Yoshia studied the pictures. They were admirable photographs, capturing not only the appearance of the people in vivid detail, but also possessing a depth that offered a glimpse into their characters. The hint of a smile here, the exaggerated posture there, a cane in the hand at a determined angle, children grinning at a machine they had never seen before.
 
Yoshia’s mind wandered as he slowly turned the pages. Beautiful as the portraits were, they somehow made him uneasy. He struggled to understand his feelings but said nothing, nodding approvingly. It occurred to him that it was the silence of the photographs that troubled him, the stillness, the tranquility and comfort they portrayed. His throat tightened as an image of Vasily flashed before his eyes. Their encounter on the road played across the pages. The brazen disregard Vasily and his friends had displayed for Yoshia, for his person, for his right to be there, undisturbed. The not-so-subtle threats. The hint of trouble facing Chava. His fear for his children. He sensed an impending danger, a misplaced trust, as he looked into the eyes of the people who stared back at him from the pages. He could not accept the safety, the security, and permanence that the pictures promised.
 
“Have you run into any trouble on the roads, Yakov?” Yoshia asked, without looking up.
 
Yakov was somewhat startled by the question. He had been following Yoshia’s gaze as he reviewed the pictures, but had no idea as to why Yoshia was asking this or what in the photographs had prompted the question. In truth, he’d had run-ins with some small gangs of wandering youths but had managed to extricate himself without harm. He was reluctant to discuss these experiences and answered simply, “It’s been fairly peaceful. I don’t travel late in the day and I stay on well-travelled roads.” He hoped that this would suffice.
 
Yoshia nodded, certain that Yakov was not telling him everything. “Do you think we’re in danger, Yakov?” he continued, looking into Yakov’s eyes. “I have a fear that we’re living in a lull before a storm. Maybe I’m wrong, but as I look at your beautiful photographs, I fear that all this may be temporary, an illusion. That at a whim, the world will turn against us like so many times before.”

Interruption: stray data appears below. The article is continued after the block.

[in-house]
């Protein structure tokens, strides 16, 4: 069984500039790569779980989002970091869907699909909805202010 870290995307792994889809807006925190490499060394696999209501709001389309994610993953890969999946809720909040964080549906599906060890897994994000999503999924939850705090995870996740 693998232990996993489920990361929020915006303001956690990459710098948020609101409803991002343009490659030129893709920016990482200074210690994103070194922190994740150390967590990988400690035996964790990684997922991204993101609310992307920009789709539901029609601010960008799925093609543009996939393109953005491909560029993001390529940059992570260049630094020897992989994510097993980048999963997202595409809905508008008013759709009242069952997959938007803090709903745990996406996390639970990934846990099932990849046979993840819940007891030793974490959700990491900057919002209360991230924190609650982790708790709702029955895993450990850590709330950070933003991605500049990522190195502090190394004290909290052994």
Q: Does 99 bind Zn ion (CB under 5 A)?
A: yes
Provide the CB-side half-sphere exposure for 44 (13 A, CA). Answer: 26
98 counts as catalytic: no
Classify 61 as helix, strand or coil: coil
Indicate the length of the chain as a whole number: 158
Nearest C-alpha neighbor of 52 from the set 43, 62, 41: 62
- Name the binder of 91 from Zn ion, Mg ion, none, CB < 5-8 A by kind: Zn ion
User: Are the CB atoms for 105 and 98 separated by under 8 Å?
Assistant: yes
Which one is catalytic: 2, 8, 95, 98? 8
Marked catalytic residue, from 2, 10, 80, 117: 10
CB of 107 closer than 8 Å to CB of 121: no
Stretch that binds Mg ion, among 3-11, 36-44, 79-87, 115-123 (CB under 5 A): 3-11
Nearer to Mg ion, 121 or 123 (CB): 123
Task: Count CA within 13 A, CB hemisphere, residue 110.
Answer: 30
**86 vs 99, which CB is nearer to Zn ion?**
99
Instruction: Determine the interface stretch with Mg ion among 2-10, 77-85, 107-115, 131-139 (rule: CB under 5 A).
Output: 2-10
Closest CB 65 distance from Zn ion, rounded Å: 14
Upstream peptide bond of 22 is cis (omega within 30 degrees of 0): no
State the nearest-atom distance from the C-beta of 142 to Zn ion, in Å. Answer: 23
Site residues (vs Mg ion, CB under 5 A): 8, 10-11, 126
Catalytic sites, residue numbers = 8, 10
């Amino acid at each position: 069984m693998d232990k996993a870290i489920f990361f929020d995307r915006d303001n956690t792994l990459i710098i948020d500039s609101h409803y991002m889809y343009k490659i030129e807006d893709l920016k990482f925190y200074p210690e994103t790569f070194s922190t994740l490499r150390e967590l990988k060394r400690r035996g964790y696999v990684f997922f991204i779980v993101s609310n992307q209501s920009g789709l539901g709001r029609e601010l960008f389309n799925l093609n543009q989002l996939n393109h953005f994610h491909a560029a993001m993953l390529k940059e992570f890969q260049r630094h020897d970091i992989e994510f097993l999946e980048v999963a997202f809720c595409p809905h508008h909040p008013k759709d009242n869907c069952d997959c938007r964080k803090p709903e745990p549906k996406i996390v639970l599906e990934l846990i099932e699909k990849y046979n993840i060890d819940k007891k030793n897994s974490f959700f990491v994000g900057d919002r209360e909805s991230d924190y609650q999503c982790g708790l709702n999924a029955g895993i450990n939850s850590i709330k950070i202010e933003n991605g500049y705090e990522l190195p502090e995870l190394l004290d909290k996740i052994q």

Vikke suspected that Yoshia’s jarring words were not random thoughts, and that something must have transpired, perhaps at the market the day before, to prompt these questions. She was convinced that this explained the tension she had seen on Yoshia’s return. She would ask him but clearly now was not the time.
 
Yakov listened intently. Yoshia’s concern was valid. Despite the generally peaceful relationship with the broader community, there was plenty of evidence of hatred in the city. Jews were ultimately accepted at the pleasure of everyone else, it seemed. Yet they survived, drawing their strength from their own community. It helped that Chernovitz had a large Jewish population. It enjoyed a vibrant religious and  social life and a diverse and successful representation among the professions, trades and businesses.
 
“I understand your worry,” Yakov answered, trying not to sound patronizing. “But in Chernovitz, things have been calm. We have a thriving Jewish community but we also carry on our lives with the people around us and, as long as we’re careful, we manage to get along.” Pausing a moment to reflect, Yakov added, “They need us, Reb Yoshia. I can’t imagine that the Gentile community would ever turn against us.”
 
Yoshia knew that he could mount many arguments to refute what Yakov had said. History did not support Yakov’s trust. But he saw no point in a debate. He’d gotten the gist of the young man’s thinking. His portraits revealed his faith in a stable, even promising future. Yoshia was sure that his outlook reflected more the näivete and optimism of youth than the reality of what Yoshia saw around him.